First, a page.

Health Tech

FQHCs must collaborate with each other to remain independent of hospital affiliation, report says

Most federally qualified health centers are committed to remaining independent of hospital affiliation. In order to maintain their independence, it is critical that FQHCs face work together more closely on data pooling and and sharing best practices for improving community health, according to a recent report.

More than one in eight federally qualified health centers (FQHCs) are “fiercely committed” to remaining independent of hospital affiliation, according to a recent report conducted by Porter Research on behalf of NextGen Healthcare. FQHCs differ from other primary care centers and hospitals because they receive federal funds to increase access to care for marginalized communities. They serve nearly 29 million patients annually.

However, a slew of obstacles are challenging FQHCs’ financial stability — including workforce shortages, the expansion of Medicaid, evolving payment models and increasing regulatory requirements. Given these challenges, it is vital that FQHCs face work together more closely, the report argued. 

For the report, Porter Research garnered data from more than 50 executives at mid- to large-size FQHCs across the country to understand more about their organizations’ unique needs. 

Part of FQHCs’ funding and reimbursement is tied to clinical quality and financial metrics, which are measured on an annual basis by the Health Resources and Services Administration’ Uniform Data System. This system provides insights into the overall quality of care delivered at FQHCs versus the total cost to deliver that care. This process places a critical importance on the health centers’ ability to accurately report on the care they are providing, said Srinivas Velamoor, NextGen’s chief growth and strategy officer.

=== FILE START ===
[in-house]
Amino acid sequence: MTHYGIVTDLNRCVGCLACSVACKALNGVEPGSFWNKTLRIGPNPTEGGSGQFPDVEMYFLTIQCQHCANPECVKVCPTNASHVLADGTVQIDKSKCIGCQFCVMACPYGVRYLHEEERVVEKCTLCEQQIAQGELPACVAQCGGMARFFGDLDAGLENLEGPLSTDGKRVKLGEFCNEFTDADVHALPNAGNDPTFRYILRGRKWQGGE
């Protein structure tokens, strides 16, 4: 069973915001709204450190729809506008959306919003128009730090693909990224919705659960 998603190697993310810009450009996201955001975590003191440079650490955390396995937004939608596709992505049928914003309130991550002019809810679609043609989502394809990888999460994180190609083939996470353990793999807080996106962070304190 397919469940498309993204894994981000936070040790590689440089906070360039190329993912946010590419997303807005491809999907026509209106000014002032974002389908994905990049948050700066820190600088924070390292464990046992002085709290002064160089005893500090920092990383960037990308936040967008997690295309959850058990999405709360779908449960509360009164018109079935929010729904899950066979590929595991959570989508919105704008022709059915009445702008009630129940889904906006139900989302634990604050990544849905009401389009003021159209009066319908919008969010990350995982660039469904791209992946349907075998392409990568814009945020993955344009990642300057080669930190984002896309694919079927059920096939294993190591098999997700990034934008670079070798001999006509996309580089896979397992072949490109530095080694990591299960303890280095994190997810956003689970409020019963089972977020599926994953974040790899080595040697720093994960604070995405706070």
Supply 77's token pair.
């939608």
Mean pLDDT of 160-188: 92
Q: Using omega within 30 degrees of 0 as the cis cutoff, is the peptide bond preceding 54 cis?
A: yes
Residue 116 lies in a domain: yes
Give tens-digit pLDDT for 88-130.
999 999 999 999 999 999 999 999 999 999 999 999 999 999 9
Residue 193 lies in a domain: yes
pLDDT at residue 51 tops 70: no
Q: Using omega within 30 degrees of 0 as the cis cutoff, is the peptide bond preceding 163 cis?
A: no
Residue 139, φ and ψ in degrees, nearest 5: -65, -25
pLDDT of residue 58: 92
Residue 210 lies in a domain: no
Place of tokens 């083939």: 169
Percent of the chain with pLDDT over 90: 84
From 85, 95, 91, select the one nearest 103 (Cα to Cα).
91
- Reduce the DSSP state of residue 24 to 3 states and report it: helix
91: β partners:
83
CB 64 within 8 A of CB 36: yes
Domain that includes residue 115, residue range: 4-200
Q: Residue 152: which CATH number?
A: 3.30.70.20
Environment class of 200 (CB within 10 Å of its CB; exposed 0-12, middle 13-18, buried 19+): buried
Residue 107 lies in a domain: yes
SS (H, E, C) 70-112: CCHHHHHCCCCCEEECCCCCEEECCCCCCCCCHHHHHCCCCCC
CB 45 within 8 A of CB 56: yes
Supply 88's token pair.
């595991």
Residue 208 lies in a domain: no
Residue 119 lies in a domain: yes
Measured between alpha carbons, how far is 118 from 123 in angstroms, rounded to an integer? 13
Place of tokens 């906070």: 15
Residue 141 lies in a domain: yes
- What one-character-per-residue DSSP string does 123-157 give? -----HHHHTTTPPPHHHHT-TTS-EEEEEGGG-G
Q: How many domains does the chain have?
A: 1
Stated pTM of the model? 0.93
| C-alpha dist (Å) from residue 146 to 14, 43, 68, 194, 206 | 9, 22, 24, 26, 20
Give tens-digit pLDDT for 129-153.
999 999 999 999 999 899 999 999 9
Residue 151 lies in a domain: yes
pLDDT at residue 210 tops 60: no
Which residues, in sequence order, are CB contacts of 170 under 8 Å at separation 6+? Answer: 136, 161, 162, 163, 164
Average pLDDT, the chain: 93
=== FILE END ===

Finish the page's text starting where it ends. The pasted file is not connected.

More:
FQHCs’ data needs are further complicated by their unique positioning as last-mile delivery entities for integrated healthcare in marginalized communities. Velamoor said this means they need broader visibility into individual medical and behavioral health data, as well as data on patients’ social determinants of health, including housing status, financial circumstances, social isolation and access to food and transportation.

To ensure that FQHCs’s data needs are met, Velamoor recommends the following actions: simplifying and expanding interoperability and public data exchange programs, increasing access to patient data directories, and accelerating partnerships with non-FQHC community organizations. He also recommended that FQHCs collaborate with one another. 

“FQHCs deliver some of the most complex healthcare services under one organization in all of ambulatory care,” Velamoor said. “While some larger organizations have resources to address the needs of their populations, they don’t necessarily have the perspective that working collaboratively affords. For those that lack resources, pooling capabilities can help accelerate their ability to scale and evolve capabilities and address individual shortages.”

Further, the patient populations that FQHCs serve share a similar socioeconomic profile, one that is less advantaged than the patient populations served by private health systems. Collaboration between FQHCs allows them to learn from each other to meet the evolving needs of their communities, according to Velamoor.

“Collaboration also provides a safety net entity for vulnerable populations in key ZIP codes that can more effectively ensure appropriate coverage across the health continuum,” he said. “This requires collaboration with not just other FQHCs but non-FQHC community organizations that can provide visibility into patient and community needs.”

The report found that 72 percent of participants are willing to work with like-minded organizations, including other FQHCs, to pool data and glean more insights.

NextGen piloted an example of this type of collaboration last year when it launched the NextGen Community Health Collaborative. The initiative seeks to provide FQHCs with data benchmarking, comparative analytics and reporting services, as well as a forum for members to share best practices for improving community health.

Photo: metamorworks, Getty Images